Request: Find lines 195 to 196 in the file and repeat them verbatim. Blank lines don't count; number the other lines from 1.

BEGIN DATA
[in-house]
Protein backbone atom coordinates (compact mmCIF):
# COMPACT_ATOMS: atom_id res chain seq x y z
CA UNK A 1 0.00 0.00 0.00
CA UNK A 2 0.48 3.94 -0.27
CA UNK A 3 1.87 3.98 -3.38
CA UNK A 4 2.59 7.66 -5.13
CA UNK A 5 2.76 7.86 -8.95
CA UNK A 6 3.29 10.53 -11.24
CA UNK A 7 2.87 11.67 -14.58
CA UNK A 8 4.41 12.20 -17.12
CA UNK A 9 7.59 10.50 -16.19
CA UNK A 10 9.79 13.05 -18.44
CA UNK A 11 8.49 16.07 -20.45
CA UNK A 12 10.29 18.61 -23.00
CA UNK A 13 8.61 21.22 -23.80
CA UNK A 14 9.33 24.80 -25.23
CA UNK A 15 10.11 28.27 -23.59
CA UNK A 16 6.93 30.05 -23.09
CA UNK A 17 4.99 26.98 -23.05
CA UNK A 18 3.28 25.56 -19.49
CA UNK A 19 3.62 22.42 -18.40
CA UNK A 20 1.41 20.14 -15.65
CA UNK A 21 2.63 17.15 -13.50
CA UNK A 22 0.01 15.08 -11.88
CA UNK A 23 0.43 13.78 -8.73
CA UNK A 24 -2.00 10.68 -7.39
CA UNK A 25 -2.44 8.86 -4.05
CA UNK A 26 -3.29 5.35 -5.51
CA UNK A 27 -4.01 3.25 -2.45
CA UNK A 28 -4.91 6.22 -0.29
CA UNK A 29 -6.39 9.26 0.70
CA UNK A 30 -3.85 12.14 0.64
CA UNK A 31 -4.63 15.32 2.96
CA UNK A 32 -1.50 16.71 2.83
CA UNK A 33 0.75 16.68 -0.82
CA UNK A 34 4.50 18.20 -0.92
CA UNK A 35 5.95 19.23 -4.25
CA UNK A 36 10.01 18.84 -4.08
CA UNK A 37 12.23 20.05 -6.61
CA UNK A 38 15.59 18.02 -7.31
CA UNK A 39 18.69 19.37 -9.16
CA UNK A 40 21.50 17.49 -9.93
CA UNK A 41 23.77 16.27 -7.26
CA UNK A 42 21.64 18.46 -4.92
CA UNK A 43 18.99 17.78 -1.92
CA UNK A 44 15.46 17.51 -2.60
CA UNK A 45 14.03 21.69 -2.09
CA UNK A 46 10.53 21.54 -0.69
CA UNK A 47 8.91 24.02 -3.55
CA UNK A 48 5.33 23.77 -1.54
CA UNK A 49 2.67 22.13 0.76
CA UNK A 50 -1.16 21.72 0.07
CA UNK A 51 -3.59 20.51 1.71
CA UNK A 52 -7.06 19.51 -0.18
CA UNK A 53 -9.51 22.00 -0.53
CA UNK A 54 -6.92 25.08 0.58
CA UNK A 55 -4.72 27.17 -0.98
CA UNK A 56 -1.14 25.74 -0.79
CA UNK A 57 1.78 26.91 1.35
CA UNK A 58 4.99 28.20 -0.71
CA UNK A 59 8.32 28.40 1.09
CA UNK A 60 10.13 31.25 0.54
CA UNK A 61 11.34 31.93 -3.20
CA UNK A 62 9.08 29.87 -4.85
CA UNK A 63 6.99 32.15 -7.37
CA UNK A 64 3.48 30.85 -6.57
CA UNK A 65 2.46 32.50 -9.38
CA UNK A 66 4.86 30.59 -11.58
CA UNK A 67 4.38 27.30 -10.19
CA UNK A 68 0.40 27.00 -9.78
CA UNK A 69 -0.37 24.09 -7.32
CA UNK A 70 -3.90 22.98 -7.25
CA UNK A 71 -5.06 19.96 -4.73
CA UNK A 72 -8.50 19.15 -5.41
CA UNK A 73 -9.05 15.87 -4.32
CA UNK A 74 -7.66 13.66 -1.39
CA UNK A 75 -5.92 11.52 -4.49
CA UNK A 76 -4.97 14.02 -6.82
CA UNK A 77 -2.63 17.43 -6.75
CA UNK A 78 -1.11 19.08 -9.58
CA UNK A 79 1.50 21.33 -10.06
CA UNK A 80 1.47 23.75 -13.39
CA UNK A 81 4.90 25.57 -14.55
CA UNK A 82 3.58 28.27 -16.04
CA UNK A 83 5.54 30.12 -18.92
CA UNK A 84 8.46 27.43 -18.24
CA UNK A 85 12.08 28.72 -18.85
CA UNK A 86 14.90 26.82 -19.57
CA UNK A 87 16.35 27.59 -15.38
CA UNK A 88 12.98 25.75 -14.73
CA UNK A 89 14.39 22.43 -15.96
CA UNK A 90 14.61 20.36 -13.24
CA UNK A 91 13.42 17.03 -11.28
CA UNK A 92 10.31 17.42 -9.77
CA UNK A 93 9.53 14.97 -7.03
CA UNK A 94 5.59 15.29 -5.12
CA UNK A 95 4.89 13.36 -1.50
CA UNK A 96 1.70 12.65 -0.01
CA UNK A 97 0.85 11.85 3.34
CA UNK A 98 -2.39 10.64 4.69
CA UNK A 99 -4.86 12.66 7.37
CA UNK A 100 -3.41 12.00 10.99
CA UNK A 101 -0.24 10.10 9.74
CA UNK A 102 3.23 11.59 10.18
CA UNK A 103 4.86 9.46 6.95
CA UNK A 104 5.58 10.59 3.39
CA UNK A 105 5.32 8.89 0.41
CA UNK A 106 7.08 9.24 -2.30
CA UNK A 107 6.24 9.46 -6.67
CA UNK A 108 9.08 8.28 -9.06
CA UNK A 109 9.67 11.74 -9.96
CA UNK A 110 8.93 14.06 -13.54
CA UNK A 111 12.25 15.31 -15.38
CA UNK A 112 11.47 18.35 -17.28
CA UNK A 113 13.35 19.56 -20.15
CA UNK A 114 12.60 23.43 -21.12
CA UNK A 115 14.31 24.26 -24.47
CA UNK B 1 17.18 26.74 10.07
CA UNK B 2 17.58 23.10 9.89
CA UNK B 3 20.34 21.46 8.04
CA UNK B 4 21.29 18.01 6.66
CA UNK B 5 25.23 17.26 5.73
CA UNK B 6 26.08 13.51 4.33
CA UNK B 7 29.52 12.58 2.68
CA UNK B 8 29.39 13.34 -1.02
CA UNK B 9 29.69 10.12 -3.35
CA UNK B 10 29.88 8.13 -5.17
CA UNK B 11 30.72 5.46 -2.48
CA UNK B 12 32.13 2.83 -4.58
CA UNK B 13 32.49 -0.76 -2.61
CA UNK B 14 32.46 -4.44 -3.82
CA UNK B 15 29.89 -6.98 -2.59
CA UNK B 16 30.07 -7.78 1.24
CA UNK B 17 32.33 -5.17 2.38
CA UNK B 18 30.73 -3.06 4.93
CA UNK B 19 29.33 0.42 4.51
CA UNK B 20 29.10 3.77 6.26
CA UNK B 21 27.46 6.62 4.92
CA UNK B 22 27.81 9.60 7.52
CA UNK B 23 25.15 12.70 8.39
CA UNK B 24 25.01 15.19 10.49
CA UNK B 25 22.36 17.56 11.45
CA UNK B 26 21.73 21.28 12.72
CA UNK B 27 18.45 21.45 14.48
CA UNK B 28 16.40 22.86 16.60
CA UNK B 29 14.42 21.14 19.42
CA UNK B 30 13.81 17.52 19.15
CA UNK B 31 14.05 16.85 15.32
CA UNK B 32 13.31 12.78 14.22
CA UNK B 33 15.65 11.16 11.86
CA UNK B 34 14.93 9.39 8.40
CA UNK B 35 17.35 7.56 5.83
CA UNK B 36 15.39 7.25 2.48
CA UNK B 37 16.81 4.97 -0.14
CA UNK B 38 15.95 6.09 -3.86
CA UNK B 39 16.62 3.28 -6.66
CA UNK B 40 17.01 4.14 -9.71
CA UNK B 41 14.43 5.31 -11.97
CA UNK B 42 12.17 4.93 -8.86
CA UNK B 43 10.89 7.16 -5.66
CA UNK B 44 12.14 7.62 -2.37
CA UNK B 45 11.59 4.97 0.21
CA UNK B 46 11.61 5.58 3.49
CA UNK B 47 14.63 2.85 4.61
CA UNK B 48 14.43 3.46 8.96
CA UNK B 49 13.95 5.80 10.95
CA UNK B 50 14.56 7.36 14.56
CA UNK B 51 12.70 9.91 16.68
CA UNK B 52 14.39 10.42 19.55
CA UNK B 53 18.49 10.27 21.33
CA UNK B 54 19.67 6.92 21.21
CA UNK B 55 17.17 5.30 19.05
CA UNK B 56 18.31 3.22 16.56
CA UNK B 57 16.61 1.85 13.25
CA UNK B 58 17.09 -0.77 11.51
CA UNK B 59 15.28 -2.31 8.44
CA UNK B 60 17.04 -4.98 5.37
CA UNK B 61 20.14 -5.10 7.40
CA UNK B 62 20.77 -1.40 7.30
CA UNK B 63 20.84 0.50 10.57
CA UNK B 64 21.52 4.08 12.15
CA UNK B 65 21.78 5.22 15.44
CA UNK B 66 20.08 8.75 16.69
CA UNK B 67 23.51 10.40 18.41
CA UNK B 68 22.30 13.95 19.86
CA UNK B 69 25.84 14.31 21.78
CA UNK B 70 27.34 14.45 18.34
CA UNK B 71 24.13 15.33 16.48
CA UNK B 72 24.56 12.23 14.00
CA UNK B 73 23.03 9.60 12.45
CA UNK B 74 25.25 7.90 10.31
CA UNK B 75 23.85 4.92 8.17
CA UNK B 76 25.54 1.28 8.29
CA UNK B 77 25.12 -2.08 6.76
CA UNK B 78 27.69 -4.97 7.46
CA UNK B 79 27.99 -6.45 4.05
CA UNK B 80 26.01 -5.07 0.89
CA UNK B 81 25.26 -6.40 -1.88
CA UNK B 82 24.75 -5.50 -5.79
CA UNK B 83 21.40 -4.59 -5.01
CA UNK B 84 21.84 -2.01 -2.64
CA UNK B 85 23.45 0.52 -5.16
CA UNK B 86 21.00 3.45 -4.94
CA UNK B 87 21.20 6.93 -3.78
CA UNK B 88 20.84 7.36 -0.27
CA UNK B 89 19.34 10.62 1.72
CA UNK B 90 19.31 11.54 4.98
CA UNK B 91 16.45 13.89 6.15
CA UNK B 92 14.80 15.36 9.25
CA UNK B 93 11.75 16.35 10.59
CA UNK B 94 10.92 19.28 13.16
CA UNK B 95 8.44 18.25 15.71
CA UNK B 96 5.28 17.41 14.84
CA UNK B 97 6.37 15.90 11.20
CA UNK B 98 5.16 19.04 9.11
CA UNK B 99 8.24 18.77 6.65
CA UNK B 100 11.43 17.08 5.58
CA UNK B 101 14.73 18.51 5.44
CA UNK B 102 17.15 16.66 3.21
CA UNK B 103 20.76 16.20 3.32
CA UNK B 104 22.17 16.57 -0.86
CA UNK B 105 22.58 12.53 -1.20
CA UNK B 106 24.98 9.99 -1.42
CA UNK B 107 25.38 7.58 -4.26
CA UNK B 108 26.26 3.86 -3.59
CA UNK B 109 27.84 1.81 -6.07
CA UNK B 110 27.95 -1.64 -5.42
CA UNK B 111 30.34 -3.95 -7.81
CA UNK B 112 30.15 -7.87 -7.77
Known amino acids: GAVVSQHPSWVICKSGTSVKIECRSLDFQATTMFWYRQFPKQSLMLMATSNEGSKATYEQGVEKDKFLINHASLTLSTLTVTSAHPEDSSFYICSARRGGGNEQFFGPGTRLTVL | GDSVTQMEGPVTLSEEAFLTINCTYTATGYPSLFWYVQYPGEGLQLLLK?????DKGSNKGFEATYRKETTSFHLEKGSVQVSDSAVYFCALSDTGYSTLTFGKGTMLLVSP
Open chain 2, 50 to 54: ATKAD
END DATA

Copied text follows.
CA UNK B 77 25.12 -2.08 6.76
CA UNK B 78 27.69 -4.97 7.46